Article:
Aside from restricting the sale of advanced chips used in artificial intelligence applications, the US has also clamped down on companies that provide Chinese fabs with US-made chip-making equipment and design software. There are also limitations for US citizens from working with Chinese fabs. Since many of the design and manufacturing software tools are made in the US, this will affect foreign companies outside the United States as well. 

While the full impact of these export restrictions is still unclear, it may cause further supply chain disruptions in the future. To learn more about this, read How the China-US Chip Trade War Will Affect the Global Semiconductor Industry.

The Future of Trailing Edge Manufacturing of Chips

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The good news is that efforts are underway to resolve this myriad of supply chain issues. US President Biden signed an executive order to bolster domestic production capacity, with $39 billion worth of tax credits allocated to encourage companies to open fabs within the country. GlobalFoundries remains as committed as ever to supplying legacy chips while industry-leading manufacturers like TSMC are allocating more resources than ever to increase their capacity. 

The supply chain issues may not resolve for another year, but when it does settle, the demand for computing devices and the chips that power them may have grown even further. What is understood is that the trailing edge of manufacturing remains as important as the leading edge when it comes to semiconductor devices. For more on semiconductors, manufacturing techniques, and equipment, check out Inquivix Technologies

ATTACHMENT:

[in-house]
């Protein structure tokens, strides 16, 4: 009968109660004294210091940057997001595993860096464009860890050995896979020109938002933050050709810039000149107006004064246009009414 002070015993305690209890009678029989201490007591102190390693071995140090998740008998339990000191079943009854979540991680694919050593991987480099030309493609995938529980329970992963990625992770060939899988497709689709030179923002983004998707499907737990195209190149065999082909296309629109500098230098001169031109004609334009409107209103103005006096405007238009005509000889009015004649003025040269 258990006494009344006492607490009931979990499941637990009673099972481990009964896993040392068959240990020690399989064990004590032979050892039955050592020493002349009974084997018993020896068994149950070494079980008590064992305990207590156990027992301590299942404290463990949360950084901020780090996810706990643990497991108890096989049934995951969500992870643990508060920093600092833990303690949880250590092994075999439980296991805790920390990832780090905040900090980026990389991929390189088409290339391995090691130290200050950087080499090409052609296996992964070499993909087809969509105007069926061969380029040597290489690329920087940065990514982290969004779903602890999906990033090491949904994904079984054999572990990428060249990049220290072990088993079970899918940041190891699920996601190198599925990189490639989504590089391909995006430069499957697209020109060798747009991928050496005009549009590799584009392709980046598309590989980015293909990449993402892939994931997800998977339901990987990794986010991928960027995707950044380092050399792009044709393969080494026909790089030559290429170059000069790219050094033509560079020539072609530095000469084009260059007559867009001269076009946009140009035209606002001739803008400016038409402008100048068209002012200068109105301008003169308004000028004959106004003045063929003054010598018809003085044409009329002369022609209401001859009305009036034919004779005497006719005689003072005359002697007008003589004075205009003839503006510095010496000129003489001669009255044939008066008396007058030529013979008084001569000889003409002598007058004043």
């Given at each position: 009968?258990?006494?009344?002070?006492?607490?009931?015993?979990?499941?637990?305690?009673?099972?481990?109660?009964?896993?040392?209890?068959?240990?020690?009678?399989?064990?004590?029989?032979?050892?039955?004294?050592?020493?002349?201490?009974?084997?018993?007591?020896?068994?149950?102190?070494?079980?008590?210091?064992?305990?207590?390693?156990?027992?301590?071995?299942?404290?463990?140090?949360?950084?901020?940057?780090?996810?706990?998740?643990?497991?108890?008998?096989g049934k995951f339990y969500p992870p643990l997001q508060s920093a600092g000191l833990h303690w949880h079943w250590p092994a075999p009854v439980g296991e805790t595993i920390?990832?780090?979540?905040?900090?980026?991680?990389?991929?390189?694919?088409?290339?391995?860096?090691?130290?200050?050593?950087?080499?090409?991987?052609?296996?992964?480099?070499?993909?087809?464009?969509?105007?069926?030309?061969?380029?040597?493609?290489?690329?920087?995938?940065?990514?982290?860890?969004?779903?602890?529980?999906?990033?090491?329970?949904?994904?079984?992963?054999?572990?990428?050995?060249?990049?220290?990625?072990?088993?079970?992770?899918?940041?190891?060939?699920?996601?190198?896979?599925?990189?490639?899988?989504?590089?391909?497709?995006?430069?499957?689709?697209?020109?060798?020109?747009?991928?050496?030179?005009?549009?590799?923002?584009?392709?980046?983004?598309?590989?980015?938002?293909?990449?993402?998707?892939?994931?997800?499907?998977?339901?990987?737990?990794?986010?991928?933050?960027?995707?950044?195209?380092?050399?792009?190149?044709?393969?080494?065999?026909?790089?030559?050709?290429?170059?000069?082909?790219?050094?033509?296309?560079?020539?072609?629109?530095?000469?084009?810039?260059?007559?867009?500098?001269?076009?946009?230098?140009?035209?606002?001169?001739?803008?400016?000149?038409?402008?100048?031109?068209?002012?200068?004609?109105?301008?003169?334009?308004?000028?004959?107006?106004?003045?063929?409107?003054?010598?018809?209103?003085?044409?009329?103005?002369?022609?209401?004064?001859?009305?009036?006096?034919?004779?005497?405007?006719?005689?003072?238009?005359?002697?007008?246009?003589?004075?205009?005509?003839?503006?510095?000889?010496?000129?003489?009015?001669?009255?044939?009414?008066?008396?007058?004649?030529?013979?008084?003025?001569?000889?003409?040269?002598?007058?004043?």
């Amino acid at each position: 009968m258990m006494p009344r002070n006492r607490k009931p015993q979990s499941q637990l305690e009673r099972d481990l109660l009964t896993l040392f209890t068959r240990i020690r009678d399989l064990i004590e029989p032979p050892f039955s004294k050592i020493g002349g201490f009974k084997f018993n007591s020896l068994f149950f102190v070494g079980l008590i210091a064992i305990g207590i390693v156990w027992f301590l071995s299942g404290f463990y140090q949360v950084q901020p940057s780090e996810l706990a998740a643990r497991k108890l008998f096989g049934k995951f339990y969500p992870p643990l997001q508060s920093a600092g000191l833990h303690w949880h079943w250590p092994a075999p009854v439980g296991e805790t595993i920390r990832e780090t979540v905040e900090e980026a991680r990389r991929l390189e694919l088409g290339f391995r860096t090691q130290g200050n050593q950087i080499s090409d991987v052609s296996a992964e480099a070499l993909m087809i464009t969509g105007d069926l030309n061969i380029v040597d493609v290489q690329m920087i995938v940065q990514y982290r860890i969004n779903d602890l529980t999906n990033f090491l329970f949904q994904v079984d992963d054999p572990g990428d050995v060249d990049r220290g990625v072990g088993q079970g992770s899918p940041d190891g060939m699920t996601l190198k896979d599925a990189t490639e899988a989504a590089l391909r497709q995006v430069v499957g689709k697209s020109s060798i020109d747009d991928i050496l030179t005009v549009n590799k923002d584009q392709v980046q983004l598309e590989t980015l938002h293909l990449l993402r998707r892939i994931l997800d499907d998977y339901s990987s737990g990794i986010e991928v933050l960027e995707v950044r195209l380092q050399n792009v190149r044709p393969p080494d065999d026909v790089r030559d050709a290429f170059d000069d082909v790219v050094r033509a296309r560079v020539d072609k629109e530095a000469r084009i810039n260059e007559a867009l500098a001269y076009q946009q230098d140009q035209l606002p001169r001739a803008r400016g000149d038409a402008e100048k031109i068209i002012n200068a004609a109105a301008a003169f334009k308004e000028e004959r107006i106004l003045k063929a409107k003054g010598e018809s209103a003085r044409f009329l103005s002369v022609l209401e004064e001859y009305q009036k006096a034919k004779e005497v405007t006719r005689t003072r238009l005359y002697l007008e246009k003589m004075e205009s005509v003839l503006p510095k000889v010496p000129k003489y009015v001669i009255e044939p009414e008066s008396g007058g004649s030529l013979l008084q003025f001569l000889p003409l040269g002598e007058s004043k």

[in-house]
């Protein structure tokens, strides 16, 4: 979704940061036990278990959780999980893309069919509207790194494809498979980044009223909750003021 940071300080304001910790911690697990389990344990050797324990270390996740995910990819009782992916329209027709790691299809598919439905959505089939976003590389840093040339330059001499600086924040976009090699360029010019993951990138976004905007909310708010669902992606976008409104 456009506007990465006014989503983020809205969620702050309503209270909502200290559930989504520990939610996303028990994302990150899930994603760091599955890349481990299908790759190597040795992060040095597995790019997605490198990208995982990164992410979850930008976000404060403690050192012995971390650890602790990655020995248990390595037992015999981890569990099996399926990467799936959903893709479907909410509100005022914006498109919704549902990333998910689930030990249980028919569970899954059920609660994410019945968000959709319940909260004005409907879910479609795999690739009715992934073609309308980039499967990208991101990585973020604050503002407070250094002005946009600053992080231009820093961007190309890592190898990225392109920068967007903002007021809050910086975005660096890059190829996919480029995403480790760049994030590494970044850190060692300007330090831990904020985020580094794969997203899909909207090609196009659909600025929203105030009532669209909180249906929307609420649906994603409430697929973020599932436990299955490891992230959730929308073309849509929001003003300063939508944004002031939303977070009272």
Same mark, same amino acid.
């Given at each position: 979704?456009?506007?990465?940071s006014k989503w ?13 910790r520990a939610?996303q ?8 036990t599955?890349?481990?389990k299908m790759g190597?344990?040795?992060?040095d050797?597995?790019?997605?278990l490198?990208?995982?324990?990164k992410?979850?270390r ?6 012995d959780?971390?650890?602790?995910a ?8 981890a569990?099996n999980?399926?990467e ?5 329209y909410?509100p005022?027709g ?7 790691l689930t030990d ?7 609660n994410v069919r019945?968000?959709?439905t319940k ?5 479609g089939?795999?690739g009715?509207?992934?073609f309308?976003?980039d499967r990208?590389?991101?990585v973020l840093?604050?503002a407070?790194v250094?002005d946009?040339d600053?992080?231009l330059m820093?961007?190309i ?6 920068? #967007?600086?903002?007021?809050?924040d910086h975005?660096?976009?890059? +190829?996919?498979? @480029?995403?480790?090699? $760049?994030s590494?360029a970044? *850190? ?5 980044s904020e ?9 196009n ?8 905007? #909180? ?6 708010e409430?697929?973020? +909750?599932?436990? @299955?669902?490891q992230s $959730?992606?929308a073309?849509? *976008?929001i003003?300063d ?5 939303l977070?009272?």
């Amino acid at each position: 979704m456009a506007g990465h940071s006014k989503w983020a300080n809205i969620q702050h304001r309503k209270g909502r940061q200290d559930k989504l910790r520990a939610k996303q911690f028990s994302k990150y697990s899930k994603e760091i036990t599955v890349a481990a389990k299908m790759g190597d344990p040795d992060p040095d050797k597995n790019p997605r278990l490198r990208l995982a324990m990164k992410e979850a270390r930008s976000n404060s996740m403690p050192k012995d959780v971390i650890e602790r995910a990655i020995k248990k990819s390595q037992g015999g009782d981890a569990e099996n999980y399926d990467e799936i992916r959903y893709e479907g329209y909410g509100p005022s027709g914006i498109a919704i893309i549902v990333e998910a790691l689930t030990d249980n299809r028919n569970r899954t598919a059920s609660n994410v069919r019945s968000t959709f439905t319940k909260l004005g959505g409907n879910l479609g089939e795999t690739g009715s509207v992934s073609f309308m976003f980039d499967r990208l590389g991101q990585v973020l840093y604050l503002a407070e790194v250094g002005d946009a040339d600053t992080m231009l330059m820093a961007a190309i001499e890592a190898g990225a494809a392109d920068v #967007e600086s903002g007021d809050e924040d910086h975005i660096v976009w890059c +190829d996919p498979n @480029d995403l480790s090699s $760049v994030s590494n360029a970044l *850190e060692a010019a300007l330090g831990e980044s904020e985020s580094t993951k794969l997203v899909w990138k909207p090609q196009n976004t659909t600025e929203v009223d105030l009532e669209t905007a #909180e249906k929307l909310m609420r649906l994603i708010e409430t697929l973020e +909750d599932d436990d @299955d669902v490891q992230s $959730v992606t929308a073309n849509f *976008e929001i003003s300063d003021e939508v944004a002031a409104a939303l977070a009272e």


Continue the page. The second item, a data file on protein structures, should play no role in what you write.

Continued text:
What Is the Biggest Challenge in Semiconductor Industry?

The semiconductor sector grapples with various internal obstacles, including matters of materials management, recycling, and enhancing processes. There are also escalating external issues to confront, such as geopolitical relations linked to the availability of resources and commerce. Despite these challenges, the overall growth of the semiconductor market remains robust and swift.

What Are Nodes in Semiconductor Manufacturing?

A node refers to the size of a semiconductor component, which is usually measured in nanometers. The most advanced nodes being manufactured today measure less than 10nm.

What Is a Legacy Node?

A legacy node is an older microprocessor that is not at the cutting edge of technology but is used for the lower-level functionalities in many computing devices and consumer electronics today.